Residents attended a candlelight vigil for victims of the factory explosion in Kunshan on Saturday. Photo: BBC/Reuters
A metal dust explosion was probably to blame for the blast that tore through a plant in eastern China on Saturday, killing dozens, officials say.
State media said the death toll from Saturday's explosion had risen to 75.
More than 180 other people were hurt in the blast at the car parts factory in Kunshan in Jiangsu province.
State media said at least 25 people died in hospital. The metallic dust stuck to workers' skin, causing extensive burns.
The blast is China's worst industrial accident since a fire at a poultry factory in June 2013 that killed 119 people.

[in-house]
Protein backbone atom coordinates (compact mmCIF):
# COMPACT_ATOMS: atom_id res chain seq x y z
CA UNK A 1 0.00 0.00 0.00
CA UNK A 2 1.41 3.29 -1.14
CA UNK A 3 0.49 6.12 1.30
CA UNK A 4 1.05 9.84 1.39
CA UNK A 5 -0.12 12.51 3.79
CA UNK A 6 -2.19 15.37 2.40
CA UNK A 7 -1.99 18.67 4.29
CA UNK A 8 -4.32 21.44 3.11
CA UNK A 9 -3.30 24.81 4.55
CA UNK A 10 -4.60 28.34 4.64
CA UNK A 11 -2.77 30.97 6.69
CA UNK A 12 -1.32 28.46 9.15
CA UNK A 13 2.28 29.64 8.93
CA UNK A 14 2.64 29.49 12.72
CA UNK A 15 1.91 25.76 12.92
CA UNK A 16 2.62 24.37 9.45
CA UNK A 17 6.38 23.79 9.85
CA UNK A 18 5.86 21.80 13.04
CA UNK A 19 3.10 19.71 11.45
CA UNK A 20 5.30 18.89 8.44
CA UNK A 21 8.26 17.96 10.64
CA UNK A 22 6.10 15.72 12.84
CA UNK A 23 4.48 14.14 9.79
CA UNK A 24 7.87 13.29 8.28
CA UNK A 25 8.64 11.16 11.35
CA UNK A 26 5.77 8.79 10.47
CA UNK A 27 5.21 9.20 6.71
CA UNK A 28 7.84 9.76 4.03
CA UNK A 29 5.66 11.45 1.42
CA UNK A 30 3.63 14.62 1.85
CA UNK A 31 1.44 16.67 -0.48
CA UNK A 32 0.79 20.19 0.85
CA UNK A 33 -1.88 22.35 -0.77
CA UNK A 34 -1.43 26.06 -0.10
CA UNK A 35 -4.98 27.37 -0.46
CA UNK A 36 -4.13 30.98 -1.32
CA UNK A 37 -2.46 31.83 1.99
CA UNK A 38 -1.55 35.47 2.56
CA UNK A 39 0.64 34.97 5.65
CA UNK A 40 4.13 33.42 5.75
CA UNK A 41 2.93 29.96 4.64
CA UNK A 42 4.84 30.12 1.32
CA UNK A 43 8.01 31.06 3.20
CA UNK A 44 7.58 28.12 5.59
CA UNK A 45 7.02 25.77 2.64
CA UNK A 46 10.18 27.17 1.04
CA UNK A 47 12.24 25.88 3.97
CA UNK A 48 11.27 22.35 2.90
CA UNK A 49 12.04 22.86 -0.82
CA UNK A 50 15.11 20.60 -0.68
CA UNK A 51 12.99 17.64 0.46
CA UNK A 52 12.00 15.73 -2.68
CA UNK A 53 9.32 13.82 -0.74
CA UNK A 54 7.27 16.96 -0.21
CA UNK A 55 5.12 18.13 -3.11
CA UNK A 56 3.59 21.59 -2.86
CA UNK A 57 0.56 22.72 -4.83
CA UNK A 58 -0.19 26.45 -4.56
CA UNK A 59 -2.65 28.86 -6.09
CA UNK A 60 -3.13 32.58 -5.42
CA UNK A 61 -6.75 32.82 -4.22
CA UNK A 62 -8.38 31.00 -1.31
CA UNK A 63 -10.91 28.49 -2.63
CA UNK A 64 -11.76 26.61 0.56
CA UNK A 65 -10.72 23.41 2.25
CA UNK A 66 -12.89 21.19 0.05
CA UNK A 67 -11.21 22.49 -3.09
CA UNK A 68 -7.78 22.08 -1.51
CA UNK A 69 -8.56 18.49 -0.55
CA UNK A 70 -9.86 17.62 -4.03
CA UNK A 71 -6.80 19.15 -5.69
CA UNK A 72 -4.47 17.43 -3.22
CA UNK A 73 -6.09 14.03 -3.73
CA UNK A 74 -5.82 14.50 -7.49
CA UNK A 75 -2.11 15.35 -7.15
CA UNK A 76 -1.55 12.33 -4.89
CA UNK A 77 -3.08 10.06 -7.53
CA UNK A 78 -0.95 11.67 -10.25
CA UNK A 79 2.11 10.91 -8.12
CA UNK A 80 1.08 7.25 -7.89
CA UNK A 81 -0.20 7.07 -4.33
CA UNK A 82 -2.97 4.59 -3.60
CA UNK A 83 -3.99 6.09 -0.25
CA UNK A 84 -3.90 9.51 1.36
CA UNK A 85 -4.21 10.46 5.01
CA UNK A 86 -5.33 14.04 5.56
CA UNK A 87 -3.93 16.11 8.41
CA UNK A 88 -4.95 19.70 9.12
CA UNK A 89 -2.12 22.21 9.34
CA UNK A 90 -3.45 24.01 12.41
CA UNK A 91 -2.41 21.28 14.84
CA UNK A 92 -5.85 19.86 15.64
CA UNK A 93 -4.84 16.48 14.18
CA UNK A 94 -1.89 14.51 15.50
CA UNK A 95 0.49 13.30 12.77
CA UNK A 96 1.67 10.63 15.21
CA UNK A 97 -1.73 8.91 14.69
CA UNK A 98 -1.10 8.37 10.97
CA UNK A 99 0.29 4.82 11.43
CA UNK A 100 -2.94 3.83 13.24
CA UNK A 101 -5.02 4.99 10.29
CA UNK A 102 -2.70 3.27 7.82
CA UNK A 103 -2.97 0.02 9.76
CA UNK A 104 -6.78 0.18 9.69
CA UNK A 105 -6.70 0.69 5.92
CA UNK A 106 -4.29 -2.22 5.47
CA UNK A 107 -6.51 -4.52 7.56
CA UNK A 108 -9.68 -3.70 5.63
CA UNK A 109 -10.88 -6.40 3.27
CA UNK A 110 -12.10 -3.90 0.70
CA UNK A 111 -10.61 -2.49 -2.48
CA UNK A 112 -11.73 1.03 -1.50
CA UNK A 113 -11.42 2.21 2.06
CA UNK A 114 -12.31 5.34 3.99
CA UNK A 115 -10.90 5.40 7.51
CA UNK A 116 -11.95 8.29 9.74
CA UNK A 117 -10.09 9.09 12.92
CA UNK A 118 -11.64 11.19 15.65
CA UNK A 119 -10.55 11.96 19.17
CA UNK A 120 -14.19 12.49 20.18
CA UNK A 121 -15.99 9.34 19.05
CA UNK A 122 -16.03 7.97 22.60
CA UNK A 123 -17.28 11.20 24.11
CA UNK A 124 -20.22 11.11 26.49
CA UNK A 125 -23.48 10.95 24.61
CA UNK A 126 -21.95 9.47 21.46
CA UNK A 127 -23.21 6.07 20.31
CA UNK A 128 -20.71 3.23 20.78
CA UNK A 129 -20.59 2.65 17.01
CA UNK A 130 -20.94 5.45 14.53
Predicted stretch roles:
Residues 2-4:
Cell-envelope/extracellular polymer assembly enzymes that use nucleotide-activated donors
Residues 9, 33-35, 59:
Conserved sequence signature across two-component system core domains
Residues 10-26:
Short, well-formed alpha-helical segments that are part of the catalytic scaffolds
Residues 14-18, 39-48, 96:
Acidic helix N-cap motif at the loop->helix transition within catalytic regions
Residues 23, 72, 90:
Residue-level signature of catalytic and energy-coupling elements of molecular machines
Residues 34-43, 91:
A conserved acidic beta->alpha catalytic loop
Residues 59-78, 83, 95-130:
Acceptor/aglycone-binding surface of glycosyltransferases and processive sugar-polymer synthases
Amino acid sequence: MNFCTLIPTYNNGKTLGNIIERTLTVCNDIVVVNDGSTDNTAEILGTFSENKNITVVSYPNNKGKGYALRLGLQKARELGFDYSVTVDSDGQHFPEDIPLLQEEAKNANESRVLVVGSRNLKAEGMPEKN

The plant, operated by Kunshan Zhongrong Metal Products Company, polishes wheel hubs for car makers including General Motors.
The company had been warned that high levels of dust in the air could cause an explosion, the South China Morning Post reported, citing the local safety body.
Dust explosions occur when metallic particles contained in an enclosed space are ignited by a spark.
"Very serious dereliction of duty" was behind the accident, Xinhua news agency reported, citing a senior official in charge of the country's work safety, without expanding.